Happy birthday, Graham Attwell

Today the fellow-bloggers on Pontydysgu site can congratulate Graham Attwell on his birthday. I hope there is no home-made rule that would prevent us from celebrating this day via his own website.  Cheers, Graham!

Years and more …

Happy birthday, Graham Attwell

Today the fellow-bloggers on Pontydysgu site can congratulate Graham Attwell on his birthday. I hope there is no home-made rule that would prevent us from celebrating this day via his own website.  Cheers, Graham!

Years and more …

Developing a response to youth unemployment

Since I wrote my last article on ‘What is the answer to youth unemployment?‘, elections in Greece, France and Germany have seen a decisive rejection of European austerity politics. This is hardly surprising. It doesn’t take a genius to work out that ever deeper cuts and austerity, whilst ultimately cutting the real cost of labour and thus boosting corporate profits, are unlikely to boost growth, jobs or individual prosperity in any way.

The EU reaction has been to call for a new strategy for growth, although details of what that might entail are pretty hazy.

As I wrote in the previous article, one of the main results of the recession has been a massive increase in youth unemployment and, in particular, a substantial increase in graduate unemployment. At the same time companies are increasingly requiring work experience prior to employment resulting in increasing pressure for new graduates to undertake low paid of unpaid internships. Pretty clearly new policies are needed for education and training but there seems little public discussion of this, let alone of what such policies might be. The prevailing EU policy is more of the same and try harder.

To rethink policies for education and training requires looking back at how we got where we are now. And it requires looking at more than just education and training policy – we need to examine the relationship between education and training, labour market policy and economic policy. here I am going to look at just a few aspects of such policies and hope to develop this a little more in the next week or so.

For the last decade – or even longer – economic policy has been driven by a liberal free market approach. In turn labour market policy has similarly been based on deregulating labour markets and removing protection for workers (interestingly, Germany, the one country in Europe where the economy is growing, has probably one of the highest levels of labour market regulation). At a European level, education and training policy has been dominated by a drive to make qualifications more transparent and thus comparable in order to promote the mobility of labour. Employers have been given a greater role in determining the content and form of qualifications. Employability has become a key theme, with individuals being made responsible for keeping their knowledge and skills up to date, often as considerable personal expense. A number of countries have tried to liberalise education and training systems by reducing subsidies for public education and introducing individual voucher schemes.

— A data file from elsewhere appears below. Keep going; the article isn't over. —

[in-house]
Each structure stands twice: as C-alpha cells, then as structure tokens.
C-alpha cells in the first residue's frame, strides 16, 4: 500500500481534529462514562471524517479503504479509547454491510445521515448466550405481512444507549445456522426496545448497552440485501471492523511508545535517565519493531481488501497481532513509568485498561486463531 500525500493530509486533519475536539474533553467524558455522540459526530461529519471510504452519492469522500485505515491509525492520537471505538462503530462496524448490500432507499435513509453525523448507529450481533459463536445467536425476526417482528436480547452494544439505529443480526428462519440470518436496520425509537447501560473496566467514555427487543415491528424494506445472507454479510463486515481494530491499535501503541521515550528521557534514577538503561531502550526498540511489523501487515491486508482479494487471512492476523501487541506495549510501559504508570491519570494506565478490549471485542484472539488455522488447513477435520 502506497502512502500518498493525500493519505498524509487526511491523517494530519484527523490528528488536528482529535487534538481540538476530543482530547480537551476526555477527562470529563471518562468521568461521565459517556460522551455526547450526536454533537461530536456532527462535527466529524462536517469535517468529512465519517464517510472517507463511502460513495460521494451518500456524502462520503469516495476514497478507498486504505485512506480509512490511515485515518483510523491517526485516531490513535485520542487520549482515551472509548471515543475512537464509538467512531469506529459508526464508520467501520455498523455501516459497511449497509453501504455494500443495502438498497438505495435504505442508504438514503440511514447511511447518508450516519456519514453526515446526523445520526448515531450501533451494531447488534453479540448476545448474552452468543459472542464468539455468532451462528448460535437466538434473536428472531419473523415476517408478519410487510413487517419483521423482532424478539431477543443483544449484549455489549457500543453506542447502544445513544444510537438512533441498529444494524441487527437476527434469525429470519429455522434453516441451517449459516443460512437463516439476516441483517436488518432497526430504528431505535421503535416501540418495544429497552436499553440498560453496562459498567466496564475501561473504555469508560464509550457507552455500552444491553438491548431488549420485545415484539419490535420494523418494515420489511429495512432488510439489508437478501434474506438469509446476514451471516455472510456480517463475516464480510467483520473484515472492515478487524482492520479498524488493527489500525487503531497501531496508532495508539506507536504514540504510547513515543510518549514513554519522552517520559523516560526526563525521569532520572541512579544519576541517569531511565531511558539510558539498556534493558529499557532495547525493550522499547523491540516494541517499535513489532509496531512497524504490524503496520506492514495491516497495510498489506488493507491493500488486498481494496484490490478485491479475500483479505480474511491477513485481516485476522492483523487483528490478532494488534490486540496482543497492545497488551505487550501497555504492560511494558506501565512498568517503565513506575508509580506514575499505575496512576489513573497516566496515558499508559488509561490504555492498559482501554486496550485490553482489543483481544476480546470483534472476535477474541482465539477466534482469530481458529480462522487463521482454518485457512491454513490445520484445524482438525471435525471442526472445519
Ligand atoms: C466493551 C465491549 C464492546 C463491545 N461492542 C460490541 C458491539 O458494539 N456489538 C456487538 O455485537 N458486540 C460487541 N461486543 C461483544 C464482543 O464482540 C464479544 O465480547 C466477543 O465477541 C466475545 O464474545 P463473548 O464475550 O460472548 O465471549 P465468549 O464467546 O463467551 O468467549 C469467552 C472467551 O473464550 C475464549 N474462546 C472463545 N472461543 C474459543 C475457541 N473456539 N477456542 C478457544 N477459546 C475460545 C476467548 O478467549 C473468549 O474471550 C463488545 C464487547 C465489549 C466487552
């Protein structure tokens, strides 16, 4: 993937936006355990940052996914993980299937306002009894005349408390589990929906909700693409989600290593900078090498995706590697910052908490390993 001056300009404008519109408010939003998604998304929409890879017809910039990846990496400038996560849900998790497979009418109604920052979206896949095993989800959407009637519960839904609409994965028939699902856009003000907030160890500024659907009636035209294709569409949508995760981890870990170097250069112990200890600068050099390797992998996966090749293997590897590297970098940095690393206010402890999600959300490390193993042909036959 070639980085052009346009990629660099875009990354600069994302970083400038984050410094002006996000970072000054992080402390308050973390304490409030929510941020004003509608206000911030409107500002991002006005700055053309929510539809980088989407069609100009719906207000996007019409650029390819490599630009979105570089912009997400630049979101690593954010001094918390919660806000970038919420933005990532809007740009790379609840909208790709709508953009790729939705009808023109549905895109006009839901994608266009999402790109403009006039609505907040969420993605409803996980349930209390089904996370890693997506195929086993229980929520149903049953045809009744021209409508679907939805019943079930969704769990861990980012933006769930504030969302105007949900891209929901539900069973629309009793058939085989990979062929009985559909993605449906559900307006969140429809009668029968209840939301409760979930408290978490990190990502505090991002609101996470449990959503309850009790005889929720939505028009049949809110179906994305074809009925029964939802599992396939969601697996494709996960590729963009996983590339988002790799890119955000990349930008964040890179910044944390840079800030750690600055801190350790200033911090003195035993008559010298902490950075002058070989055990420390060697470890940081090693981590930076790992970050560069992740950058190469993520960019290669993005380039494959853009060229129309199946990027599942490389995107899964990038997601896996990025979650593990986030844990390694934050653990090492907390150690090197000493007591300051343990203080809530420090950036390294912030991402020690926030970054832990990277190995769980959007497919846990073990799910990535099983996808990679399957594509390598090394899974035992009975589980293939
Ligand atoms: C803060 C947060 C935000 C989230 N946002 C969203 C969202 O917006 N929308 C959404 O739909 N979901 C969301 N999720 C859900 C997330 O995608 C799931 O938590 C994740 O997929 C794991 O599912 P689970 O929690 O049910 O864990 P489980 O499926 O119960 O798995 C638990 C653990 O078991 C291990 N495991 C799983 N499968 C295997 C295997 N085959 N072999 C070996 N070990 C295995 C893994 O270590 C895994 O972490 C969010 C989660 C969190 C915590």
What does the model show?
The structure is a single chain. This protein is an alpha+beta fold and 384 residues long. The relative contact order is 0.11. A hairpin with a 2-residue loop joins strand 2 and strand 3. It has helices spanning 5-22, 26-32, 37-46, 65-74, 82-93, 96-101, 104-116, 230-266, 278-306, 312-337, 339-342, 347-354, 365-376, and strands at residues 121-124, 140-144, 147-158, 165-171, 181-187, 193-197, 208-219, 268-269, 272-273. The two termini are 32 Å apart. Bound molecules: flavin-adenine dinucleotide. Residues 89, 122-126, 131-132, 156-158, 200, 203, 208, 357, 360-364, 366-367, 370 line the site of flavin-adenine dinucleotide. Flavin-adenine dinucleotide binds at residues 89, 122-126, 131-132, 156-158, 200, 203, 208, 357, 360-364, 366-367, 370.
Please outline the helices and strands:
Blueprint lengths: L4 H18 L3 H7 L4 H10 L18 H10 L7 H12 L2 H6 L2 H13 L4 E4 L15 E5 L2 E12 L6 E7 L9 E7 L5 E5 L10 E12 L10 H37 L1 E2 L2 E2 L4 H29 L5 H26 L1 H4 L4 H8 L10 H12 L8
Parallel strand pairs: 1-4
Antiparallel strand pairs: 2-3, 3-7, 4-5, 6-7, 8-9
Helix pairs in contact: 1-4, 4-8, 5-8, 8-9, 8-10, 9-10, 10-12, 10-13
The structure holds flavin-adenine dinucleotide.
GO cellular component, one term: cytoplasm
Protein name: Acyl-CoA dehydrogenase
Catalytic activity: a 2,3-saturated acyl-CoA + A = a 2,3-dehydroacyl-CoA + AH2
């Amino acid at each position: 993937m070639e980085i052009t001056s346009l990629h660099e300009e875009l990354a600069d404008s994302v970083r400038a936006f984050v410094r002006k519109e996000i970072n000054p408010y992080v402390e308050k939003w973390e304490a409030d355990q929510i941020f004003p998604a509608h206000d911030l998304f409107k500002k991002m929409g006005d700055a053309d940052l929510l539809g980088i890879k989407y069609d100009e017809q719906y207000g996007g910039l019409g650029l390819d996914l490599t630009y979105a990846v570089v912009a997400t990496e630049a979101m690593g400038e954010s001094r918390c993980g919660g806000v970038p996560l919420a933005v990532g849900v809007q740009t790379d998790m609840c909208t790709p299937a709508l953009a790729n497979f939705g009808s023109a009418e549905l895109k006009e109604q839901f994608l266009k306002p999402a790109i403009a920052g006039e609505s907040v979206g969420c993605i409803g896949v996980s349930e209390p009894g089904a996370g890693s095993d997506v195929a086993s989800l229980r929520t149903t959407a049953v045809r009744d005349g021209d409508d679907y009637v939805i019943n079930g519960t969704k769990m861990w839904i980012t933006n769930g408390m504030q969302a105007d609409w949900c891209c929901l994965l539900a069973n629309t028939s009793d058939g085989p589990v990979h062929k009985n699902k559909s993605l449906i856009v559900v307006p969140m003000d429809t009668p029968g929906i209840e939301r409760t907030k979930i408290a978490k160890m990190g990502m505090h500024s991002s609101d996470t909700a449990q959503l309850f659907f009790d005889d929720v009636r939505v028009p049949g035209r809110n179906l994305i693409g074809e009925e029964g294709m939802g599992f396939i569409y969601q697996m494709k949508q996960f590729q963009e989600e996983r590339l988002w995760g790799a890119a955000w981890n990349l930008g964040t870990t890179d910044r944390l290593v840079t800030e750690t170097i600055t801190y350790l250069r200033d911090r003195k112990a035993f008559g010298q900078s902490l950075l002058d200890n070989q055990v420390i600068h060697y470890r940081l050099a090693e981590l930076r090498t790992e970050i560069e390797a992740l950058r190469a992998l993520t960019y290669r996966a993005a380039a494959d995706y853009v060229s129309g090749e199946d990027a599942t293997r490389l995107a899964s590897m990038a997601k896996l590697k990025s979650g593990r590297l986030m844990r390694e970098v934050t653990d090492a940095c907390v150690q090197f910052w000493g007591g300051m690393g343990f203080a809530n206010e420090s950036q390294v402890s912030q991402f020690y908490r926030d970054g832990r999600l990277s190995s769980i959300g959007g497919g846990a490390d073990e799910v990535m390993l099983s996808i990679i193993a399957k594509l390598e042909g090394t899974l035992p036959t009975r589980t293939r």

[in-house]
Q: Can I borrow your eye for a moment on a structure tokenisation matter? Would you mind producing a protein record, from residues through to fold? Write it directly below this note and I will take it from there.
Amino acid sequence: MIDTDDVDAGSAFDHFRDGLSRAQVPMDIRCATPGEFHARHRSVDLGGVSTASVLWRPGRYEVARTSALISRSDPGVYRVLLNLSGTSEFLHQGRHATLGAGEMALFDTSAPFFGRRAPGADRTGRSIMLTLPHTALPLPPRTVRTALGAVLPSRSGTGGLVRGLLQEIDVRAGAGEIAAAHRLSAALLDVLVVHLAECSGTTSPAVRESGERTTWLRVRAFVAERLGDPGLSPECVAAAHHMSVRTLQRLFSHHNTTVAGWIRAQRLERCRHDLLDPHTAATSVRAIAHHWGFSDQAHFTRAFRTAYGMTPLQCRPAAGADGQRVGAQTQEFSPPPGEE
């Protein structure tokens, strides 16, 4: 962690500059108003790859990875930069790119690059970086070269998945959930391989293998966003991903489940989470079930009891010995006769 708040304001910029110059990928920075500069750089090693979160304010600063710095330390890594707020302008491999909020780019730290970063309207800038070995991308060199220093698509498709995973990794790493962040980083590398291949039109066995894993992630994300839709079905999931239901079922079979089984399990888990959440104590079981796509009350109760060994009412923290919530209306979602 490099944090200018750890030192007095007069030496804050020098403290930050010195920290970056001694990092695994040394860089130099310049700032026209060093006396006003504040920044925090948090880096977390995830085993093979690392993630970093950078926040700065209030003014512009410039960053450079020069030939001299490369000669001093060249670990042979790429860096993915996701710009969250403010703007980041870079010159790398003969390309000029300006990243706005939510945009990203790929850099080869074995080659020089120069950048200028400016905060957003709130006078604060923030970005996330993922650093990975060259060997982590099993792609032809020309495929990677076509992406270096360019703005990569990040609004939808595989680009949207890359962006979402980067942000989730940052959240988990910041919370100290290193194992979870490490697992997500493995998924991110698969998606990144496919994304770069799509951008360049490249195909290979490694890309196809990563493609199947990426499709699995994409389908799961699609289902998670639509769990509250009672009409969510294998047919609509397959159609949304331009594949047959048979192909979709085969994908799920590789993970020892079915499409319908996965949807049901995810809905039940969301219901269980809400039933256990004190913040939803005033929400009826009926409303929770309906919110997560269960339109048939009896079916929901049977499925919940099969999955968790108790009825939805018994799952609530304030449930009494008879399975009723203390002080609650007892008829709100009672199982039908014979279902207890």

At them same time the rather ridiculous EU Lisbon declaration, declared the aim to make the EU “the most competitive and dynamic knowledge-based economy in the world capable of sustainable economic growth with more and better jobs and greater social cohesion”, by 2010. Obviously this failed. But in line with such thinking most countries in Europe saw the way forward as moving from old fashioned vocational training to mass university education to cater for the demand for the thousands of new knowledge jobs. These jobs never materialised (except in countries such as the UK in the deregulated financial services sector which ultimately triggered the economic meltdown). As Wikipedia notes:

Much of the initial theorizing about the advent of a fundamentally new era in which economic activity is increasingly ‘abstract’, i.e., disconnected from land, labour, and physical capital (machines and industrial infrastructure) was associated with the ‘business management’ literature of the ‘new economy’ NASDAQ bubble, which collapsed in 2001 (but slowly recovered, albeit, in a leaner format, throughout the 2000s). This literature was initially known more for its hyperbole and faddishness than for its academic/empirical integrity.

In reality, many of the new degree courses were vocational in orientation – such as in the new Universities in the UK or in the Fachshule in Germany. These courses were either for new occupations – for instance in computing or simply replaced traditional vocational qualifications. It is arguable whether such a policy was financially sustainable or even desirable. It is certainly arguable whether an academic programme of learning is more effective for such subjects than traditional forms of work related learning.

To further policies associated with the obsession with the knowledge economy were the raising of the school leaving age and the so called lifelong learning policy. Longer schooling was needed, it was argued, to cope with the needs for higher levels of knowledge and skills for the knowledge rich jobs of the future. And lifelong learning was needed for the learning economies in which knowledge is the crucial resource and learning is the most important process.